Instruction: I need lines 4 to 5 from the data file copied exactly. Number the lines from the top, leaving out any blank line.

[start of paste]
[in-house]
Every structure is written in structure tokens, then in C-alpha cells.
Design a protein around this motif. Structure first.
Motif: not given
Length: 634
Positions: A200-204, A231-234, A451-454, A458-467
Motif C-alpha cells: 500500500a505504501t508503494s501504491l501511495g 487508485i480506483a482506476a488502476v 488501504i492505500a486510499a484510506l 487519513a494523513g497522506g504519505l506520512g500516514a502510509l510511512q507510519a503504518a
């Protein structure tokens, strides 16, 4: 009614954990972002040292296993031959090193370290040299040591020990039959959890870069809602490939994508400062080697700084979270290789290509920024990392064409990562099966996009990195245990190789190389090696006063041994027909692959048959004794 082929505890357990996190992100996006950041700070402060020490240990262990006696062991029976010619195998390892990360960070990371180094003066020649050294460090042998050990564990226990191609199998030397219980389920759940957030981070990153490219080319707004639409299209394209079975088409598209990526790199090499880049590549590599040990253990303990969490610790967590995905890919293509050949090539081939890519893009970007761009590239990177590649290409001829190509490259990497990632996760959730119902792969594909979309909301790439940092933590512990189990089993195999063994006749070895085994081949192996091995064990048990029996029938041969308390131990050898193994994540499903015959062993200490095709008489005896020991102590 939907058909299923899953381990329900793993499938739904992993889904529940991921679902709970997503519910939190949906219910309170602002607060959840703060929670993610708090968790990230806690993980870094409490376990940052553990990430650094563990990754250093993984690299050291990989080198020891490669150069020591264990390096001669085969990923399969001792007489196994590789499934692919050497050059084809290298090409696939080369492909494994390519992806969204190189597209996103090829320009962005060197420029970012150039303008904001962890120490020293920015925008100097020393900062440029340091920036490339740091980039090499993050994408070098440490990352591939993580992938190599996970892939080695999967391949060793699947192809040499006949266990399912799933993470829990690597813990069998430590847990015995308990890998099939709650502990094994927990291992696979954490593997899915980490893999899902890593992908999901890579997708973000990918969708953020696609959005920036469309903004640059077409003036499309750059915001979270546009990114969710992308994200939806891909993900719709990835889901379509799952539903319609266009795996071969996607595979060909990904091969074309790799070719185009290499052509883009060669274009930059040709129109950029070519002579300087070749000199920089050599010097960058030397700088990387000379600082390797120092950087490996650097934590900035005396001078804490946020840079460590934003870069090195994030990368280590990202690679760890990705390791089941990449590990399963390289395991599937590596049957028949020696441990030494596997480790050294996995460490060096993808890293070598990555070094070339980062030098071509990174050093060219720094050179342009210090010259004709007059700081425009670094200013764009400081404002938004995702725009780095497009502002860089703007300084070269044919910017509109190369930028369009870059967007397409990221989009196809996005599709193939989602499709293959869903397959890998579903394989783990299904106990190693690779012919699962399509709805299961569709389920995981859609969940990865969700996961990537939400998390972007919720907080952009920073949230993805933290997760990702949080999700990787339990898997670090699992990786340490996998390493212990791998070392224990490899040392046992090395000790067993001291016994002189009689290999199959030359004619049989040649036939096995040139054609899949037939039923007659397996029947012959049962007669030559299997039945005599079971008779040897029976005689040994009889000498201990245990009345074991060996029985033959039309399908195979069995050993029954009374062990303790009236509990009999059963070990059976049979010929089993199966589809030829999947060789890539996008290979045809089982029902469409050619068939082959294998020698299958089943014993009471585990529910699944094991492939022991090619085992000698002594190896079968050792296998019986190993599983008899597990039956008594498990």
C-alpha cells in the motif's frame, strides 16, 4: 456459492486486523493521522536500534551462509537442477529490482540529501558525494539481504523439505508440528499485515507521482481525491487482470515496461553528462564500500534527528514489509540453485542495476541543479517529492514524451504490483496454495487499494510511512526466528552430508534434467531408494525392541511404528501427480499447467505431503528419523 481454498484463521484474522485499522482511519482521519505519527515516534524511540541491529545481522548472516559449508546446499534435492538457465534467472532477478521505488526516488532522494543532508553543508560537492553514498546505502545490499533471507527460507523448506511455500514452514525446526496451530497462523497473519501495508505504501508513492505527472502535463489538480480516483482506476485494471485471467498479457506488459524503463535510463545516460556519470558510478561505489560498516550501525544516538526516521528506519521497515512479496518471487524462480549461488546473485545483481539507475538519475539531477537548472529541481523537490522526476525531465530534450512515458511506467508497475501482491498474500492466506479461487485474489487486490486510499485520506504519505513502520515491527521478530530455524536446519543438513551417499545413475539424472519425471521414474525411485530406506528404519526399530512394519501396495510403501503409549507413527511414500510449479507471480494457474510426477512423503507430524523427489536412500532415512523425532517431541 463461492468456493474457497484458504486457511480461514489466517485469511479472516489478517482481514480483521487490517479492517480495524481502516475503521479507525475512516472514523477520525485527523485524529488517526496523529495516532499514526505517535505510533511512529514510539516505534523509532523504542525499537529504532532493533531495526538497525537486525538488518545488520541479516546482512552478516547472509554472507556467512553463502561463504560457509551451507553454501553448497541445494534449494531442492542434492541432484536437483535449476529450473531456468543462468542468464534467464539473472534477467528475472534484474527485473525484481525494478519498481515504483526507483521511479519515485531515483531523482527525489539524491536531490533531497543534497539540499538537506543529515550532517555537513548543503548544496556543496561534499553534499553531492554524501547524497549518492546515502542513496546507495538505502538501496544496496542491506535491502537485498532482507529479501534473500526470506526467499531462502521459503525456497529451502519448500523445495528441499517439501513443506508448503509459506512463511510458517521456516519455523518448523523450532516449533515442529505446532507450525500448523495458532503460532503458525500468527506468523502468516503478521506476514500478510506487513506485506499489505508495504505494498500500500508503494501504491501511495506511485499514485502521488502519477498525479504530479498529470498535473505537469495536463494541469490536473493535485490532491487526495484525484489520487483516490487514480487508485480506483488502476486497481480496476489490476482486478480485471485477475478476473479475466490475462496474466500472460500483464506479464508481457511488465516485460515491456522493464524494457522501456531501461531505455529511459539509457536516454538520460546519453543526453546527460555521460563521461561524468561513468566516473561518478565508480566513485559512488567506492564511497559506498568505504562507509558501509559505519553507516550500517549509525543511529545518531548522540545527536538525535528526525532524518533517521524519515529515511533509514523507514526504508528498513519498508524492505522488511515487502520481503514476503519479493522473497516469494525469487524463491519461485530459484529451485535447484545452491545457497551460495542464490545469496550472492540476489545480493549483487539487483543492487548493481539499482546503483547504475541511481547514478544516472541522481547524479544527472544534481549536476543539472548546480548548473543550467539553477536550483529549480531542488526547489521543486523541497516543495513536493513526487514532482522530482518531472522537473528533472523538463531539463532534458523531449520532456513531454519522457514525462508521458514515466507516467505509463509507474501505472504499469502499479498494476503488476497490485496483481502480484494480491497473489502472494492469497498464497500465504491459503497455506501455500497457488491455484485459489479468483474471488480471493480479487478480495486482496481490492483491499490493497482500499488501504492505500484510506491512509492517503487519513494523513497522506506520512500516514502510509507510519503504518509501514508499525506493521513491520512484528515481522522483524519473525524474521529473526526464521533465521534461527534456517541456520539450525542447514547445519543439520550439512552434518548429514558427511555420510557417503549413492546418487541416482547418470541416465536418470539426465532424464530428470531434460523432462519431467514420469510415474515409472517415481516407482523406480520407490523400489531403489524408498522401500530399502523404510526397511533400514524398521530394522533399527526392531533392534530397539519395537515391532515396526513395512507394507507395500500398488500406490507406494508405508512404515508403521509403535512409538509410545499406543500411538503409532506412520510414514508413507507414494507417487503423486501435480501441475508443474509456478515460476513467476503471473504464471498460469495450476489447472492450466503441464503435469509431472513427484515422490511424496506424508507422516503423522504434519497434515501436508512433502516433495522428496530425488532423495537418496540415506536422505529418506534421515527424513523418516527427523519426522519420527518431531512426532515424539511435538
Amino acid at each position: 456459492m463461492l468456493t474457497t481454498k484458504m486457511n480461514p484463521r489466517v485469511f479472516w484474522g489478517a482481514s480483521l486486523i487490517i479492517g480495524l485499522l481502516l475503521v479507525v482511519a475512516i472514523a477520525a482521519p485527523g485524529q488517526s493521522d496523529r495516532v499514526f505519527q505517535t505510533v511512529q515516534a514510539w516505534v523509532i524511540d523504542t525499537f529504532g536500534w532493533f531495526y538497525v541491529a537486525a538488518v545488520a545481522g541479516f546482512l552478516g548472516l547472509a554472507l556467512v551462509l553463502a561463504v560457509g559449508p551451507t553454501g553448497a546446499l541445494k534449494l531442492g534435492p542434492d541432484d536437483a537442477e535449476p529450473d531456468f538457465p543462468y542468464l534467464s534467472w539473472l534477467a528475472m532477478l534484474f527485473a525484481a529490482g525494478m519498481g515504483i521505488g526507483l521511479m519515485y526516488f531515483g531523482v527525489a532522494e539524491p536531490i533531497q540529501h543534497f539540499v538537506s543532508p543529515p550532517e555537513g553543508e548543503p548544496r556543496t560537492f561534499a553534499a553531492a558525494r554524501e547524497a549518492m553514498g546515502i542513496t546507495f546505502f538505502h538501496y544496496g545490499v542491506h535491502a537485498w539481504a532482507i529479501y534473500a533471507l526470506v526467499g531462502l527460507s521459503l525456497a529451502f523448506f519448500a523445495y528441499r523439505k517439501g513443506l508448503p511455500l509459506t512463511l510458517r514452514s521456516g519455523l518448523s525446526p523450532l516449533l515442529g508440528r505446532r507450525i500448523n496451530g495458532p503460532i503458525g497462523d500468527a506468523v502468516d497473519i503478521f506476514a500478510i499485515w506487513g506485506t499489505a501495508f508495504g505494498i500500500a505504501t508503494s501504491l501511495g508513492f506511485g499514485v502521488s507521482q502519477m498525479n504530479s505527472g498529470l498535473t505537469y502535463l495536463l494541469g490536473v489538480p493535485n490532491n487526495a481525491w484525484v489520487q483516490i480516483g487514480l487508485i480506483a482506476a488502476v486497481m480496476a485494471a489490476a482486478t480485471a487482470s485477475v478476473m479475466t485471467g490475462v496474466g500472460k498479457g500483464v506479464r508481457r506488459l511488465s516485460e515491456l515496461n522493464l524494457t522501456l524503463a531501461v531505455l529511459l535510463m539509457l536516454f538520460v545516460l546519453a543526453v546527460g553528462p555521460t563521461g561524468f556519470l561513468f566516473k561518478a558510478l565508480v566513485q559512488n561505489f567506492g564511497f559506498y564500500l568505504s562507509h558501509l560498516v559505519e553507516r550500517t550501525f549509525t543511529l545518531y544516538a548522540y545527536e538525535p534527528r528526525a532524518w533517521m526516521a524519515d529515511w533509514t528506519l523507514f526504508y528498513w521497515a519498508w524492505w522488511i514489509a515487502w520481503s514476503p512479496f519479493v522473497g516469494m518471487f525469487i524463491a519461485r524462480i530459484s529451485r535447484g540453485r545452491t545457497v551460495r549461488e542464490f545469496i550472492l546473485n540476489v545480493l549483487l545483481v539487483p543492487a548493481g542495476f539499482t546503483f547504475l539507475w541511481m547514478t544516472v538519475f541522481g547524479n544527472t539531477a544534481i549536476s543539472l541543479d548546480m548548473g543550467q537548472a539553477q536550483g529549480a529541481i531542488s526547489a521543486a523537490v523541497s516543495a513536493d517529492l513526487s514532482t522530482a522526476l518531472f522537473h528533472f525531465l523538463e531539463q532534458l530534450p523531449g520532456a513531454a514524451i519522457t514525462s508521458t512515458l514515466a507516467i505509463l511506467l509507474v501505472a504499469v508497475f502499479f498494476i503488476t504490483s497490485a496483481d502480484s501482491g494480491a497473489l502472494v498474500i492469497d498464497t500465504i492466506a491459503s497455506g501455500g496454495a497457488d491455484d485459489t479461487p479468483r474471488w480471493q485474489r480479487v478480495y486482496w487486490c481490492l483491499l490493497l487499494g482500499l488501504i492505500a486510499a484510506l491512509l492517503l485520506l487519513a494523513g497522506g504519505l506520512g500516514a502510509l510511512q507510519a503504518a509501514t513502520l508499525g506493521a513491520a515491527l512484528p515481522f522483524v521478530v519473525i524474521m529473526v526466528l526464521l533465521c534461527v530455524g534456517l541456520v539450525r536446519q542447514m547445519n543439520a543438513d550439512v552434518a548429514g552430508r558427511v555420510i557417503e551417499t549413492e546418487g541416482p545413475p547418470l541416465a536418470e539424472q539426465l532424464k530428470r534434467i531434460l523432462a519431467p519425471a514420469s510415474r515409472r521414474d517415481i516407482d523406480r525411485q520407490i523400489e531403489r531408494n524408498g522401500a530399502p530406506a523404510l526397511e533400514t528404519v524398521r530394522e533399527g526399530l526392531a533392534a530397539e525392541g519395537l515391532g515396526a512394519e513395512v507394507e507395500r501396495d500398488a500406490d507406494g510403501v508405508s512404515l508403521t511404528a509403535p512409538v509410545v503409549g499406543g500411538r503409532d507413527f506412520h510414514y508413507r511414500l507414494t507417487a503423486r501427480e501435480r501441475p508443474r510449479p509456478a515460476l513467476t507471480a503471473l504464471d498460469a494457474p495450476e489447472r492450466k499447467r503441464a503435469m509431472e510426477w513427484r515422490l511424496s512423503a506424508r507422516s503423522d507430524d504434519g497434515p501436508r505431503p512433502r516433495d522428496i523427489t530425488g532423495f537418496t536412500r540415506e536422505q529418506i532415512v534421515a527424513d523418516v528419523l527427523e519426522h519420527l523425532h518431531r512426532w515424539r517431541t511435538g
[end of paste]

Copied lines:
Motif: not given
Length: 634